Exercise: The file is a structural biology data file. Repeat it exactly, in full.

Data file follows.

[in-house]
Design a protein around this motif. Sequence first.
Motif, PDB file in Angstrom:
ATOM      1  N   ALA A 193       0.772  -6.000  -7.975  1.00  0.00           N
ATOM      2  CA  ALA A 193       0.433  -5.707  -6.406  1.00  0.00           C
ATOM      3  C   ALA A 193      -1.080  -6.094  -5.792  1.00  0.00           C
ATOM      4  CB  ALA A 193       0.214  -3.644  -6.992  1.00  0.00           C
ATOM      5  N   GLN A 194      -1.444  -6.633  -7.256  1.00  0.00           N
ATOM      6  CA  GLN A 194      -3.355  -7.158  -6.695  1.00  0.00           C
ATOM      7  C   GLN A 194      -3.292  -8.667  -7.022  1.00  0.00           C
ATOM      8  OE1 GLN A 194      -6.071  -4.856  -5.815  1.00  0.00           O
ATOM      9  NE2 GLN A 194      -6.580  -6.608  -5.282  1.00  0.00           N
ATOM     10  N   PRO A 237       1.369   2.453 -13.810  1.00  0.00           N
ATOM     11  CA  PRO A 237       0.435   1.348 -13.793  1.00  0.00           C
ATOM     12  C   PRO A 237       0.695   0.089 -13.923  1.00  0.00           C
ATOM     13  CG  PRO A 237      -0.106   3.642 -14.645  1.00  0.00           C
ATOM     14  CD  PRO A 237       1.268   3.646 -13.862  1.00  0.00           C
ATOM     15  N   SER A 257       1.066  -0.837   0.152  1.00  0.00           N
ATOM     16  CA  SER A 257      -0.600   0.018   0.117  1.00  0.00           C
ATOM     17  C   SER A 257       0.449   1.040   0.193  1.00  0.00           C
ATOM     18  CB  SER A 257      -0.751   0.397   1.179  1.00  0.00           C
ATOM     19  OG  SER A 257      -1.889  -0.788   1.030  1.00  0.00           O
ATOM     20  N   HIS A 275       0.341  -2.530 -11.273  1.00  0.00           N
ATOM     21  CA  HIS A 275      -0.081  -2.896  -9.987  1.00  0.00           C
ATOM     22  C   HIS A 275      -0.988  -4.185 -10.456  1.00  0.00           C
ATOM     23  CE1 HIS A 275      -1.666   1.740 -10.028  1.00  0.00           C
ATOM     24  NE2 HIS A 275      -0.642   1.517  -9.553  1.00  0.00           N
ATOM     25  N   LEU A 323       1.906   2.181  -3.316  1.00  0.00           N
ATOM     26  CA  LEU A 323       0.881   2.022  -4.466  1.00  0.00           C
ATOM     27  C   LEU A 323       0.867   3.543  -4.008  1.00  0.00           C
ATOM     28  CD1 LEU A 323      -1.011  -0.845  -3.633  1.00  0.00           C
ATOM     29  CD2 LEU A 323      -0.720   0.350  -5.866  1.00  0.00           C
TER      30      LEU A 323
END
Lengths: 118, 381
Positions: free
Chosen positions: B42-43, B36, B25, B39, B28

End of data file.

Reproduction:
[in-house]
Design a protein around this motif. Sequence first.
Motif, PDB file in Angstrom:
ATOM      1  N   ALA A 193       0.772  -6.000  -7.975  1.00  0.00           N
ATOM      2  CA  ALA A 193       0.433  -5.707  -6.406  1.00  0.00           C
ATOM      3  C   ALA A 193      -1.080  -6.094  -5.792  1.00  0.00           C
ATOM      4  CB  ALA A 193       0.214  -3.644  -6.992  1.00  0.00           C
ATOM      5  N   GLN A 194      -1.444  -6.633  -7.256  1.00  0.00           N
ATOM      6  CA  GLN A 194      -3.355  -7.158  -6.695  1.00  0.00           C
ATOM      7  C   GLN A 194      -3.292  -8.667  -7.022  1.00  0.00           C
ATOM      8  OE1 GLN A 194      -6.071  -4.856  -5.815  1.00  0.00           O
ATOM      9  NE2 GLN A 194      -6.580  -6.608  -5.282  1.00  0.00           N
ATOM     10  N   PRO A 237       1.369   2.453 -13.810  1.00  0.00           N
ATOM     11  CA  PRO A 237       0.435   1.348 -13.793  1.00  0.00           C
ATOM     12  C   PRO A 237       0.695   0.089 -13.923  1.00  0.00           C
ATOM     13  CG  PRO A 237      -0.106   3.642 -14.645  1.00  0.00           C
ATOM     14  CD  PRO A 237       1.268   3.646 -13.862  1.00  0.00           C
ATOM     15  N   SER A 257       1.066  -0.837   0.152  1.00  0.00           N
ATOM     16  CA  SER A 257      -0.600   0.018   0.117  1.00  0.00           C
ATOM     17  C   SER A 257       0.449   1.040   0.193  1.00  0.00           C
ATOM     18  CB  SER A 257      -0.751   0.397   1.179  1.00  0.00           C
ATOM     19  OG  SER A 257      -1.889  -0.788   1.030  1.00  0.00           O
ATOM     20  N   HIS A 275       0.341  -2.530 -11.273  1.00  0.00           N
ATOM     21  CA  HIS A 275      -0.081  -2.896  -9.987  1.00  0.00           C
ATOM     22  C   HIS A 275      -0.988  -4.185 -10.456  1.00  0.00           C
ATOM     23  CE1 HIS A 275      -1.666   1.740 -10.028  1.00  0.00           C
ATOM     24  NE2 HIS A 275      -0.642   1.517  -9.553  1.00  0.00           N
ATOM     25  N   LEU A 323       1.906   2.181  -3.316  1.00  0.00           N
ATOM     26  CA  LEU A 323       0.881   2.022  -4.466  1.00  0.00           C
ATOM     27  C   LEU A 323       0.867   3.543  -4.008  1.00  0.00           C
ATOM     28  CD1 LEU A 323      -1.011  -0.845  -3.633  1.00  0.00           C
ATOM     29  CD2 LEU A 323      -0.720   0.350  -5.866  1.00  0.00           C
TER      30      LEU A 323
END
Lengths: 118, 381
Positions: free
Chosen positions: B42-43, B36, B25, B39, B28